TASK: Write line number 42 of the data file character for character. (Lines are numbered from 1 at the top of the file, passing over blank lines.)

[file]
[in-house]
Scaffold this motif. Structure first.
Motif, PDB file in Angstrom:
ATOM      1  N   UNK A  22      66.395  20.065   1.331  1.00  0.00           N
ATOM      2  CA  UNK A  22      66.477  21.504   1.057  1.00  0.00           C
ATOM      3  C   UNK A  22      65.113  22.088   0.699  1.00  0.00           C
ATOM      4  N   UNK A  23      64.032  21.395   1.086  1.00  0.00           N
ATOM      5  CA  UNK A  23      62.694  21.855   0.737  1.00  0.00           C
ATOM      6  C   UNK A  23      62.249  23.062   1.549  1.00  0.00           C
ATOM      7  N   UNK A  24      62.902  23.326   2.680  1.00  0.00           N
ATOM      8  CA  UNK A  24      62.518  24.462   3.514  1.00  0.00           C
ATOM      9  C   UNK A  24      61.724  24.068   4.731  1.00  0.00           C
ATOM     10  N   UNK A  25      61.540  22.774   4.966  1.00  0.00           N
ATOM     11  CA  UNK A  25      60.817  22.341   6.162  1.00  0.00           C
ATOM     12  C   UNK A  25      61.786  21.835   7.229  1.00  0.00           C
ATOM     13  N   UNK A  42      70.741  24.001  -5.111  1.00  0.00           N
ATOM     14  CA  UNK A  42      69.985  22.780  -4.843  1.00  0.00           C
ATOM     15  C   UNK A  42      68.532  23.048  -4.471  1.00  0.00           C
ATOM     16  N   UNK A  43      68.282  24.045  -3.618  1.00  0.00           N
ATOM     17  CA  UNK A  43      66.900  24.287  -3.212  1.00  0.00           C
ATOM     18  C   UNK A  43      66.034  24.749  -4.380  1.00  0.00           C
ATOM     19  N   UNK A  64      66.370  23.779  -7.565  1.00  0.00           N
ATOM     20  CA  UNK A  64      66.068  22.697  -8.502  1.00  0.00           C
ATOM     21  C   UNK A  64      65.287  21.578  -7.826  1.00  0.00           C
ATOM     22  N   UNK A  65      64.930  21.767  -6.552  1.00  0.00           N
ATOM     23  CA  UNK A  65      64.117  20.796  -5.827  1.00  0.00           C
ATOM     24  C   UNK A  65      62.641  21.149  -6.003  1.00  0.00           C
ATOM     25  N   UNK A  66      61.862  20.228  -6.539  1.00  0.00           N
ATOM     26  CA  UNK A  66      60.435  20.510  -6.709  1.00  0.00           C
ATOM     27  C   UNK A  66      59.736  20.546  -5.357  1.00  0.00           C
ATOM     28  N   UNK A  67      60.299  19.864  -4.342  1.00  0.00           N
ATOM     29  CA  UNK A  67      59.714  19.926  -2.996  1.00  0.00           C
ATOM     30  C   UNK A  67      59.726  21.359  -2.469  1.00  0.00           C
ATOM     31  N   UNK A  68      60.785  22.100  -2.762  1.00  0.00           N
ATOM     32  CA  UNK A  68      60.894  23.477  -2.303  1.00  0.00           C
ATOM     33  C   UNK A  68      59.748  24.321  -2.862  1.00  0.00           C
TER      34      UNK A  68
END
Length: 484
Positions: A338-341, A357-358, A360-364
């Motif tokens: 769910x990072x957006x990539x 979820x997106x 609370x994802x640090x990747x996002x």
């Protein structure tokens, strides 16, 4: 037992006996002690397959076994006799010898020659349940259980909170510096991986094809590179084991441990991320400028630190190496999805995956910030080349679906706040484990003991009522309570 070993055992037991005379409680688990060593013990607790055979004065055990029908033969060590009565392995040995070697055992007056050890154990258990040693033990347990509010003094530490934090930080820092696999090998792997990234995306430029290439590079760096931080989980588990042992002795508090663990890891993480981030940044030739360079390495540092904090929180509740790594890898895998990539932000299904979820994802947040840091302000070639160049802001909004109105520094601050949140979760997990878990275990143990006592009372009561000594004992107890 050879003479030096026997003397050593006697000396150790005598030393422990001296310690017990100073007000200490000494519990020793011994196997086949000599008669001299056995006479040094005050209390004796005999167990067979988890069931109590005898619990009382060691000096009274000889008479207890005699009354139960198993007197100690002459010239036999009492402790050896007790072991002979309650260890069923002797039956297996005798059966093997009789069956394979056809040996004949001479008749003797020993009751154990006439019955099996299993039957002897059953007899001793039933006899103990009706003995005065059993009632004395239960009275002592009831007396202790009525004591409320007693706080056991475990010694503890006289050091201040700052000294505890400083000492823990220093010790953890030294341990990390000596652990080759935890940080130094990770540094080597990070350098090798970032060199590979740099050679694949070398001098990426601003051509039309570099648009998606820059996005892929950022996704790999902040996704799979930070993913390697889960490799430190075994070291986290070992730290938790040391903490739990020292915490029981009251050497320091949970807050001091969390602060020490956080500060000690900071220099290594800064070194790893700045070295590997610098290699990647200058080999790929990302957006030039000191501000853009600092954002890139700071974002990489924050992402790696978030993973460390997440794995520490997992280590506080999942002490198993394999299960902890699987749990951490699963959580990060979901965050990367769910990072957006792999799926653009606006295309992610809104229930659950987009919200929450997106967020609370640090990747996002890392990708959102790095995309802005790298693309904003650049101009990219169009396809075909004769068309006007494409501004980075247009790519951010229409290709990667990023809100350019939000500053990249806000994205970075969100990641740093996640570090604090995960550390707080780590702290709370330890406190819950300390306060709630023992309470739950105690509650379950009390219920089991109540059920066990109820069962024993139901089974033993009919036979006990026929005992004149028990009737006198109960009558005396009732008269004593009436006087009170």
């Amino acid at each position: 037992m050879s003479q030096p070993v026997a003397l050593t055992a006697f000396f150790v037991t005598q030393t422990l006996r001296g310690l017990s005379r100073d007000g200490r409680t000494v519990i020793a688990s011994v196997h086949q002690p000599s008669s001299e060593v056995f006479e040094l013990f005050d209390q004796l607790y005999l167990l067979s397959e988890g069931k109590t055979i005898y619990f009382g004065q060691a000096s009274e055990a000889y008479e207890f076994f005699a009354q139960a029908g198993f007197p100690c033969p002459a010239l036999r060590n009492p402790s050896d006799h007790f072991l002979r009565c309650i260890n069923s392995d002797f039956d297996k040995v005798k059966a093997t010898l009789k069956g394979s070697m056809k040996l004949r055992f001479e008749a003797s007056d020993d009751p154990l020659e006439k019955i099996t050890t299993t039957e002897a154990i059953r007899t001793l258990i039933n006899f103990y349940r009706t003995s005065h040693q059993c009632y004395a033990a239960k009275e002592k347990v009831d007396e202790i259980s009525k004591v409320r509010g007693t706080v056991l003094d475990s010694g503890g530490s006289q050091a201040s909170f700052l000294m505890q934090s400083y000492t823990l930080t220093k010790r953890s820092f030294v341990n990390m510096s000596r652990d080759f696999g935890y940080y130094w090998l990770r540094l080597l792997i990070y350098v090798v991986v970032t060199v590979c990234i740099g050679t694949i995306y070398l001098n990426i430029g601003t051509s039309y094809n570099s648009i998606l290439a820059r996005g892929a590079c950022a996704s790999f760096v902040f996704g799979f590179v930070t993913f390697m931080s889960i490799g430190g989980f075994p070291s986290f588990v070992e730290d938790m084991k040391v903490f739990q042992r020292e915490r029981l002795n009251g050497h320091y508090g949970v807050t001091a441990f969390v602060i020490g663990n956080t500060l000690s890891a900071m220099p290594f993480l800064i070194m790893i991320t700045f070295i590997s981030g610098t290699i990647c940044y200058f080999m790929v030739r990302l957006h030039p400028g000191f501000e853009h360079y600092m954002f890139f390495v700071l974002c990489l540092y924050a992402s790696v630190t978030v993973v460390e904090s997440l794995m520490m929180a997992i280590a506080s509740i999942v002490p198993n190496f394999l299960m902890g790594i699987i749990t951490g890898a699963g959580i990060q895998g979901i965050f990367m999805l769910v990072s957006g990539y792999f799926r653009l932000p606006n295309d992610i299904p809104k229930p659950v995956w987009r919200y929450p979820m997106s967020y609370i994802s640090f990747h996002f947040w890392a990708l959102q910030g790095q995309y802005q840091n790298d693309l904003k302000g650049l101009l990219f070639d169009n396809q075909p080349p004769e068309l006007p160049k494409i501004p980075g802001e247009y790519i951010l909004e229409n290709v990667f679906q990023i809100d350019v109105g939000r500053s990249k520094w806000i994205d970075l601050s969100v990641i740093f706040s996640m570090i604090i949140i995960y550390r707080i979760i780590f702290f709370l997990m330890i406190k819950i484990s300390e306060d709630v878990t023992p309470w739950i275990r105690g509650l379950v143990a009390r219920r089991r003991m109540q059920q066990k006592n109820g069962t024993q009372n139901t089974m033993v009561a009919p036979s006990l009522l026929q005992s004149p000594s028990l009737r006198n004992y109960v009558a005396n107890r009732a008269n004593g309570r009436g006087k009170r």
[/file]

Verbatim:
């Protein structure tokens, strides 16, 4: 037992006996002690397959076994006799010898020659349940259980909170510096991986094809590179084991441990991320400028630190190496999805995956910030080349679906706040484990003991009522309570 070993055992037991005379409680688990060593013990607790055979004065055990029908033969060590009565392995040995070697055992007056050890154990258990040693033990347990509010003094530490934090930080820092696999090998792997990234995306430029290439590079760096931080989980588990042992002795508090663990890891993480981030940044030739360079390495540092904090929180509740790594890898895998990539932000299904979820994802947040840091302000070639160049802001909004109105520094601050949140979760997990878990275990143990006592009372009561000594004992107890 050879003479030096026997003397050593006697000396150790005598030393422990001296310690017990100073007000200490000494519990020793011994196997086949000599008669001299056995006479040094005050209390004796005999167990067979988890069931109590005898619990009382060691000096009274000889008479207890005699009354139960198993007197100690002459010239036999009492402790050896007790072991002979309650260890069923002797039956297996005798059966093997009789069956394979056809040996004949001479008749003797020993009751154990006439019955099996299993039957002897059953007899001793039933006899103990009706003995005065059993009632004395239960009275002592009831007396202790009525004591409320007693706080056991475990010694503890006289050091201040700052000294505890400083000492823990220093010790953890030294341990990390000596652990080759935890940080130094990770540094080597990070350098090798970032060199590979740099050679694949070398001098990426601003051509039309570099648009998606820059996005892929950022996704790999902040996704799979930070993913390697889960490799430190075994070291986290070992730290938790040391903490739990020292915490029981009251050497320091949970807050001091969390602060020490956080500060000690900071220099290594800064070194790893700045070295590997610098290699990647200058080999790929990302957006030039000191501000853009600092954002890139700071974002990489924050992402790696978030993973460390997440794995520490997992280590506080999942002490198993394999299960902890699987749990951490699963959580990060979901965050990367769910990072957006792999799926653009606006295309992610809104229930659950987009919200929450997106967020609370640090990747996002890392990708959102790095995309802005790298693309904003650049101009990219169009396809075909004769068309006007494409501004980075247009790519951010229409290709990667990023809100350019939000500053990249806000994205970075969100990641740093996640570090604090995960550390707080780590702290709370330890406190819950300390306060709630023992309470739950105690509650379950009390219920089991109540059920066990109820069962024993139901089974033993009919036979006990026929005992004149028990009737006198109960009558005396009732008269004593009436006087009170």